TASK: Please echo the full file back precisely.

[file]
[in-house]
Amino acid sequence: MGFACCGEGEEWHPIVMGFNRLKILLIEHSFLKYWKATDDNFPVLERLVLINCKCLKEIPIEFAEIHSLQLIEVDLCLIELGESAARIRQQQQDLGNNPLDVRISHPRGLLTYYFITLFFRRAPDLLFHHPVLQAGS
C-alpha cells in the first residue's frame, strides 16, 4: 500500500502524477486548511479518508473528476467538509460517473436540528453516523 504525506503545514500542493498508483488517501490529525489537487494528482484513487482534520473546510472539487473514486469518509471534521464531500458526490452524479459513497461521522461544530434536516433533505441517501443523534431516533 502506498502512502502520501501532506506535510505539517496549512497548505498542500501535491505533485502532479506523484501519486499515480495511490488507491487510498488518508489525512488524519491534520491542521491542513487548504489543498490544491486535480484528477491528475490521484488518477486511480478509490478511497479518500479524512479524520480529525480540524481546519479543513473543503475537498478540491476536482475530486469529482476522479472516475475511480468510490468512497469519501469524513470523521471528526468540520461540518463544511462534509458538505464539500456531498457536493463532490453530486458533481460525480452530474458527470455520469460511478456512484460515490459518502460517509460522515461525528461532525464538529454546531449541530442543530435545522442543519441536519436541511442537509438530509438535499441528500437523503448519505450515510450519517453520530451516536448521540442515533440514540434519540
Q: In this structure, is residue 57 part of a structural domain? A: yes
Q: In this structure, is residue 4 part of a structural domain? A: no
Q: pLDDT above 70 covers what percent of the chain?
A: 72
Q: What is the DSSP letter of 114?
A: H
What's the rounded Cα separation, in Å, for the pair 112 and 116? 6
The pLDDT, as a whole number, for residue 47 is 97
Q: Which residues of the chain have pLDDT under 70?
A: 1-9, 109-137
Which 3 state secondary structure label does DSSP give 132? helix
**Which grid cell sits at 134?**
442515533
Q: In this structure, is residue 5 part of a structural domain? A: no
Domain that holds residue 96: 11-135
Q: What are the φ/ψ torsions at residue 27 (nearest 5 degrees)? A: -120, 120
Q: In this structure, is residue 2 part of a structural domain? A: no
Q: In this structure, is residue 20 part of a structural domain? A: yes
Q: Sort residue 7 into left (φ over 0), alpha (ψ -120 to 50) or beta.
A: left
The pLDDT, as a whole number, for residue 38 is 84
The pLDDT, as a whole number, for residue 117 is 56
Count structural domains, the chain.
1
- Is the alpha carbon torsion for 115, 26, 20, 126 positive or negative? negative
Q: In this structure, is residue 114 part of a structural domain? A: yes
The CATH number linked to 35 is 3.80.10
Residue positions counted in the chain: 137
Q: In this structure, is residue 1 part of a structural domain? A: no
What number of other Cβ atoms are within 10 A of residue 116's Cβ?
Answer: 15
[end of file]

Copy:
[in-house]
Amino acid sequence: MGFACCGEGEEWHPIVMGFNRLKILLIEHSFLKYWKATDDNFPVLERLVLINCKCLKEIPIEFAEIHSLQLIEVDLCLIELGESAARIRQQQQDLGNNPLDVRISHPRGLLTYYFITLFFRRAPDLLFHHPVLQAGS
C-alpha cells in the first residue's frame, strides 16, 4: 500500500502524477486548511479518508473528476467538509460517473436540528453516523 504525506503545514500542493498508483488517501490529525489537487494528482484513487482534520473546510472539487473514486469518509471534521464531500458526490452524479459513497461521522461544530434536516433533505441517501443523534431516533 502506498502512502502520501501532506506535510505539517496549512497548505498542500501535491505533485502532479506523484501519486499515480495511490488507491487510498488518508489525512488524519491534520491542521491542513487548504489543498490544491486535480484528477491528475490521484488518477486511480478509490478511497479518500479524512479524520480529525480540524481546519479543513473543503475537498478540491476536482475530486469529482476522479472516475475511480468510490468512497469519501469524513470523521471528526468540520461540518463544511462534509458538505464539500456531498457536493463532490453530486458533481460525480452530474458527470455520469460511478456512484460515490459518502460517509460522515461525528461532525464538529454546531449541530442543530435545522442543519441536519436541511442537509438530509438535499441528500437523503448519505450515510450519517453520530451516536448521540442515533440514540434519540
Q: In this structure, is residue 57 part of a structural domain? A: yes
Q: In this structure, is residue 4 part of a structural domain? A: no
Q: pLDDT above 70 covers what percent of the chain?
A: 72
Q: What is the DSSP letter of 114?
A: H
What's the rounded Cα separation, in Å, for the pair 112 and 116? 6
The pLDDT, as a whole number, for residue 47 is 97
Q: Which residues of the chain have pLDDT under 70?
A: 1-9, 109-137
Which 3 state secondary structure label does DSSP give 132? helix
**Which grid cell sits at 134?**
442515533
Q: In this structure, is residue 5 part of a structural domain? A: no
Domain that holds residue 96: 11-135
Q: What are the φ/ψ torsions at residue 27 (nearest 5 degrees)? A: -120, 120
Q: In this structure, is residue 2 part of a structural domain? A: no
Q: In this structure, is residue 20 part of a structural domain? A: yes
Q: Sort residue 7 into left (φ over 0), alpha (ψ -120 to 50) or beta.
A: left
The pLDDT, as a whole number, for residue 38 is 84
The pLDDT, as a whole number, for residue 117 is 56
Count structural domains, the chain.
1
- Is the alpha carbon torsion for 115, 26, 20, 126 positive or negative? negative
Q: In this structure, is residue 114 part of a structural domain? A: yes
The CATH number linked to 35 is 3.80.10
Residue positions counted in the chain: 137
Q: In this structure, is residue 1 part of a structural domain? A: no
What number of other Cβ atoms are within 10 A of residue 116's Cβ?
Answer: 15